The Crucible of Leadership

You can exercise and sustain personal leadership only to the extent of your capacity to bear pain. If you can bear only your own pain, then you can’t really lead. If you can respond to and bear only the pain of your family, then your family represents the full scope of your leadership potential. If, however, by God’s grace you can recognize and bear the pain of those around you, the the breadth of your leadership potential is limited only by the scope of your burden and capacity. All this talk about bearing pain may seem off-putting to some. You may be thinking, ‘Isn’t leadership more about vision and the ability to inspire than about pain?’ Not really. To be sure, there is a kind of leadership that can rouse people to action for a short time, but enduring leadership invariably will be built upon a confidence that those who you call ‘leader’ would sacrifice themselves not only for the cause they share with you, but even for you yourself.”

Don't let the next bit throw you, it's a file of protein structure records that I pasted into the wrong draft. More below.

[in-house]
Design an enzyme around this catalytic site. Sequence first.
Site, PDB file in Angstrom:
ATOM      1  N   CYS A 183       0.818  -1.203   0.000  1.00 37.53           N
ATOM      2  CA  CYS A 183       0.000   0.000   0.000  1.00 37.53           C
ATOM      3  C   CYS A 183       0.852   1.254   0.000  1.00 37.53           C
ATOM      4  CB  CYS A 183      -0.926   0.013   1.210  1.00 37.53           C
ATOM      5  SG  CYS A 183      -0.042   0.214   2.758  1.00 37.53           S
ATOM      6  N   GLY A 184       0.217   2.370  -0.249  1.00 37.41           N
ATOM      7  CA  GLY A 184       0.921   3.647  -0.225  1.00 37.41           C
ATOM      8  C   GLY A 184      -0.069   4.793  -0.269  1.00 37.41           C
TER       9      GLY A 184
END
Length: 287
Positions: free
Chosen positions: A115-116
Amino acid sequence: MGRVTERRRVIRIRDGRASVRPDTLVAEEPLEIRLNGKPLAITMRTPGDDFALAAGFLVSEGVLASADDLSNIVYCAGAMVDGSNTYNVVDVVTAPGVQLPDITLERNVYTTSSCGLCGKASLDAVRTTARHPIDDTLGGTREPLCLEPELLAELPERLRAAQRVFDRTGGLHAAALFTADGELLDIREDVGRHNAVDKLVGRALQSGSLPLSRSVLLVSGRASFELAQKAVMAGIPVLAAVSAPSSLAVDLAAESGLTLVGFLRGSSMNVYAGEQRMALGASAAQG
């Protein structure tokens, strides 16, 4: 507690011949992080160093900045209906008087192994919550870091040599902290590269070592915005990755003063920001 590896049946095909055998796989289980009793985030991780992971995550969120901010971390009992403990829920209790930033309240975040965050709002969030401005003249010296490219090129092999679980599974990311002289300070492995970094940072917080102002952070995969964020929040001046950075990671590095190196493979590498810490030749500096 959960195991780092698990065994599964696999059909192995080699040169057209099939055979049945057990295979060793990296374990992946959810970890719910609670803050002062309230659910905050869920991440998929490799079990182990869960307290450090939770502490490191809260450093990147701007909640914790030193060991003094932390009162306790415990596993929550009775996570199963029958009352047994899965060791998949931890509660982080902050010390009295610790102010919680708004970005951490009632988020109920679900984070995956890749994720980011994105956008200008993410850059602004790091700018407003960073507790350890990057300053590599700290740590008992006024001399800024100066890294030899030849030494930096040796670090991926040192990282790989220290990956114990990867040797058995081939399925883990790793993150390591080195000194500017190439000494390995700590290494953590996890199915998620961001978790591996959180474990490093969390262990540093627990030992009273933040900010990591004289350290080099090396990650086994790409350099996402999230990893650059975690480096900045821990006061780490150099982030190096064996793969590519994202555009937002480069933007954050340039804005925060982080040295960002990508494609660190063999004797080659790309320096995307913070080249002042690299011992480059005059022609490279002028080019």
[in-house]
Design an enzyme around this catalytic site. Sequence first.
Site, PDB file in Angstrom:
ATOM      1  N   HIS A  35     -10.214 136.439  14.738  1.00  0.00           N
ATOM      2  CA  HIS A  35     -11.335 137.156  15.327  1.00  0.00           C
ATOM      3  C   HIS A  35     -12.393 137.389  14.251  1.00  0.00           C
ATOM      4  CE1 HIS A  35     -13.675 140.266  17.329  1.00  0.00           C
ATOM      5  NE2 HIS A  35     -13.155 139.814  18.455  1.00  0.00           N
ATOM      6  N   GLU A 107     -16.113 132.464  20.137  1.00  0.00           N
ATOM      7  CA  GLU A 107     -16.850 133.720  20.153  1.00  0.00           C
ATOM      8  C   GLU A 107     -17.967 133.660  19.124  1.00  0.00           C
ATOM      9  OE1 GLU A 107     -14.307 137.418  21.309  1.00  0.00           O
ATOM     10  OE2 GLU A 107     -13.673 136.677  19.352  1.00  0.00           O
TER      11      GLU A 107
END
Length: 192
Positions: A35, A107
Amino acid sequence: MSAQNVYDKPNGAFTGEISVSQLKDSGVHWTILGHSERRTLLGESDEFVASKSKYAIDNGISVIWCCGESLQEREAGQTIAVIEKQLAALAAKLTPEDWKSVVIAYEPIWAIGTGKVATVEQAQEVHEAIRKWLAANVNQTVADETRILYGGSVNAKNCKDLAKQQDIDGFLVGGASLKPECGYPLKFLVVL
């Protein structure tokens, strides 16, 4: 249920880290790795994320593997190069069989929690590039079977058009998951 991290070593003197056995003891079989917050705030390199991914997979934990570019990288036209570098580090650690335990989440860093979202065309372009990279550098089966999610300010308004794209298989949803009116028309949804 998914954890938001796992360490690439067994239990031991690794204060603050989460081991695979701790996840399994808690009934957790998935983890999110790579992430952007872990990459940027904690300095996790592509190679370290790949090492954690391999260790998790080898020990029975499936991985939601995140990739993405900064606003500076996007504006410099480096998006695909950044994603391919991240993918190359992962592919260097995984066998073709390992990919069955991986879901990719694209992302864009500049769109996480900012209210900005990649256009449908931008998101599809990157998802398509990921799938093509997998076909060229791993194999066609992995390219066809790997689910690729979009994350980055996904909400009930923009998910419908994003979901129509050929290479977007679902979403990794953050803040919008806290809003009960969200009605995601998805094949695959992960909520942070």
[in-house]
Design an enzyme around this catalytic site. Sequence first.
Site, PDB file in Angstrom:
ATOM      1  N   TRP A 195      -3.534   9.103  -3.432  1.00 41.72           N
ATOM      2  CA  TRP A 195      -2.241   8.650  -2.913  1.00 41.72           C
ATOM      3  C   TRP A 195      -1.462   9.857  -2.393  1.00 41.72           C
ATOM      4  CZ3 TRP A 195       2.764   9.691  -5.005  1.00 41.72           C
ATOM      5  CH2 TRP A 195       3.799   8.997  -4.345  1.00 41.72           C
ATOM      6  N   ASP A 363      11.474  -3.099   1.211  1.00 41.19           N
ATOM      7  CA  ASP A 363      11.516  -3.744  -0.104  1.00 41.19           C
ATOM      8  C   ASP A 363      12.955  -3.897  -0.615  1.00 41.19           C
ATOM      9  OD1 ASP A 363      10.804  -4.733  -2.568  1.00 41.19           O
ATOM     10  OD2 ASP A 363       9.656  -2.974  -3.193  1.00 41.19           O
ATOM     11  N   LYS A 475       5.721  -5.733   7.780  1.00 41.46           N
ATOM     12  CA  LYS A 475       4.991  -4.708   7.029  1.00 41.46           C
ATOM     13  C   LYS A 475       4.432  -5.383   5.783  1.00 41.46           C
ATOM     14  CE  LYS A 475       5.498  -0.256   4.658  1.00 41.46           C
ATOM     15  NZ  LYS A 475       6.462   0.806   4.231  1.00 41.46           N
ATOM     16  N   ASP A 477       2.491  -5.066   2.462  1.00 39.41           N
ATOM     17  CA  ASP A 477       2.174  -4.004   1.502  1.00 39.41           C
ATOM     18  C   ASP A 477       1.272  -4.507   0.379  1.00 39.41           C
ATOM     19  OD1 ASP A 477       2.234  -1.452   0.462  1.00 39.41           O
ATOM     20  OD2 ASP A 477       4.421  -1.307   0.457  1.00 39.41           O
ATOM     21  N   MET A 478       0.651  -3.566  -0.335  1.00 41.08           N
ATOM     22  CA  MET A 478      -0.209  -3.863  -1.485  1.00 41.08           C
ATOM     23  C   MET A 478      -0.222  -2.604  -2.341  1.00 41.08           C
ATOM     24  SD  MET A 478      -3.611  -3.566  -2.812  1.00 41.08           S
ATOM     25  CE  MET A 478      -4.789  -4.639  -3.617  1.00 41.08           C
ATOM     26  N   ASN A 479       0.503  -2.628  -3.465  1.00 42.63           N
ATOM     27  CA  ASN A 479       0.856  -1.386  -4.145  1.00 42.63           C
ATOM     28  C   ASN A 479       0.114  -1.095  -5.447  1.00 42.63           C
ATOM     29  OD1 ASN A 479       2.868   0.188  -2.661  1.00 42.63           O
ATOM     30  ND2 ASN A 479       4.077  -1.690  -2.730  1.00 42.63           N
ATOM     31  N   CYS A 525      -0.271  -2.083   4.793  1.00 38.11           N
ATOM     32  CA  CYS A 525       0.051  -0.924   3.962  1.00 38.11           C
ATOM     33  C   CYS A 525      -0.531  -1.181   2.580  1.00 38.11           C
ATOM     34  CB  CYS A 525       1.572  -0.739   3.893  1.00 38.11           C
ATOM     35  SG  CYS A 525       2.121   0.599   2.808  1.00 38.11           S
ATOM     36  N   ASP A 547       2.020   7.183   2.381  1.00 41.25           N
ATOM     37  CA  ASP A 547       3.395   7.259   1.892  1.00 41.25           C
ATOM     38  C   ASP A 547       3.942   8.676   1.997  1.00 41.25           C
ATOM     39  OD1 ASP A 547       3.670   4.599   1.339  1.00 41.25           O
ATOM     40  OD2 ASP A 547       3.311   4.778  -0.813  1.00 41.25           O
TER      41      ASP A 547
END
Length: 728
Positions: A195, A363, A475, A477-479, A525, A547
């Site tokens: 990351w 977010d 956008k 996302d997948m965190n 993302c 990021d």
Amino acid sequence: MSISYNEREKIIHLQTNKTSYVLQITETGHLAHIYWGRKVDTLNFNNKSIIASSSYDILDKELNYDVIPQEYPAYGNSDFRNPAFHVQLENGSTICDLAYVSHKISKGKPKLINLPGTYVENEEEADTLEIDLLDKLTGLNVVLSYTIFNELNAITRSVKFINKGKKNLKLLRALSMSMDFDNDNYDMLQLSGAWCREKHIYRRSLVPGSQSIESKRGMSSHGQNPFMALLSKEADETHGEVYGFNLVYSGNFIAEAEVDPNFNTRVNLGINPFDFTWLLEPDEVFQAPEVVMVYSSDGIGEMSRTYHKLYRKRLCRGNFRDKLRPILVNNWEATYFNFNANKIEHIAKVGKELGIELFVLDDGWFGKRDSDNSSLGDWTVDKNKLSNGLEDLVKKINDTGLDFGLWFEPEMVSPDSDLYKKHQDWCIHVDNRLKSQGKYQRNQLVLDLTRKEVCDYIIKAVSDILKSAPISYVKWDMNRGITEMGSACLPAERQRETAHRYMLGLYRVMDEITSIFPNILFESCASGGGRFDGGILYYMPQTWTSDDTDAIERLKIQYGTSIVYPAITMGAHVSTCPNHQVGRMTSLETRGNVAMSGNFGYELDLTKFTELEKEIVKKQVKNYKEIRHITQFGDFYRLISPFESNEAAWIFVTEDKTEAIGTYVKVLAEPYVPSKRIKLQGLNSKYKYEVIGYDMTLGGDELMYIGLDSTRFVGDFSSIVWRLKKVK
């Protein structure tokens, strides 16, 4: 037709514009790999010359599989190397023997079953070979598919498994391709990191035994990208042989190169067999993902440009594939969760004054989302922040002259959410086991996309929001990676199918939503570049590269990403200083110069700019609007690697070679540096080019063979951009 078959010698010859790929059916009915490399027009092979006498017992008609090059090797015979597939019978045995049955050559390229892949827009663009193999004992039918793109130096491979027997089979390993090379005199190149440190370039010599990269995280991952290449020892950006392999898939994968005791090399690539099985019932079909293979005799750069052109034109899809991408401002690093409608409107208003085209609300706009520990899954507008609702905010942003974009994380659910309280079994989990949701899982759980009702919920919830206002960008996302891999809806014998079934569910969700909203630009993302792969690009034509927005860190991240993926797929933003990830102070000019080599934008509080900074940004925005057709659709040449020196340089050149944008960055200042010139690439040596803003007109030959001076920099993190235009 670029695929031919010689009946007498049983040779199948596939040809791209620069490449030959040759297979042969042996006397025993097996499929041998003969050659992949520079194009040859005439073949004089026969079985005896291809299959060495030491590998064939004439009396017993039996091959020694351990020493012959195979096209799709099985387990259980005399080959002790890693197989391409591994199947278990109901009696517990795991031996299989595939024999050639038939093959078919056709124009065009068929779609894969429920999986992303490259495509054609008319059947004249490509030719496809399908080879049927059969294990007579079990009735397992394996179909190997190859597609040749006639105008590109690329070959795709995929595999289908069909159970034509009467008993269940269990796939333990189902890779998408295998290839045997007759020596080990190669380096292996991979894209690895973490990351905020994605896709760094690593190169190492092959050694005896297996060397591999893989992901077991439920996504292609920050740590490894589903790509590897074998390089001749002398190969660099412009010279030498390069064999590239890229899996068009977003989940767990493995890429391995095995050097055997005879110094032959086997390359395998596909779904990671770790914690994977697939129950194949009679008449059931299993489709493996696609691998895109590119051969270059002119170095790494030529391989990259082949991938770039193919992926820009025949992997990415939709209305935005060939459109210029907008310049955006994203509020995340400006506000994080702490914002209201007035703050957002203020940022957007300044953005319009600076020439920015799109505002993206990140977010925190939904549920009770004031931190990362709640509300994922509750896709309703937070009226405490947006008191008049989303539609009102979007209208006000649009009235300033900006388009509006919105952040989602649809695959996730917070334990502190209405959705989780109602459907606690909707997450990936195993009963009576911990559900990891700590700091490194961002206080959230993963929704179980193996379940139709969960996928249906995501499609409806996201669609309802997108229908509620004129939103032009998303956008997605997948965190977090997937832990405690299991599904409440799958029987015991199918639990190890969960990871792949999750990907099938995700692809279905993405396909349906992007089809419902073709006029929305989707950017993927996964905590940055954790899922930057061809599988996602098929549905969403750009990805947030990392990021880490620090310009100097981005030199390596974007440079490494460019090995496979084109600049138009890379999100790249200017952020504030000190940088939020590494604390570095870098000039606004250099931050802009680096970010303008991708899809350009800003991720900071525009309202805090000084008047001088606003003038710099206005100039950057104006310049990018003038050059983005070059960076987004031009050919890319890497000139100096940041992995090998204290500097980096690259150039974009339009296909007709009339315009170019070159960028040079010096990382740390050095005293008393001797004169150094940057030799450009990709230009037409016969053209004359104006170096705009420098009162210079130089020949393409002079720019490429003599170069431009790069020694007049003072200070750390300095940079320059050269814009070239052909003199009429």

~ A. Scott Moreau, Gary Corwin, & Gary B. McGee in Introducing World Missions: A Biblical, Historical, and Practical Survey

Note: Thanks to my buddy Jonathan Alexander for sharing this. Wow.

Dr. Tim Spivey is Lead Planter of New Vintage Church in San Diego, California. He is the author of numerous articles and one book, "Jesus: The Powerful Servant." A sought after speaker for events, Tim also serves as Adjunct Professor of Religion at Pepperdine University. Tim serves as a church consultant, and his writings are featured on ChurchLeaders.com, Church Executive magazine, Faith Village, Sermon Central, and Giving Rocket.

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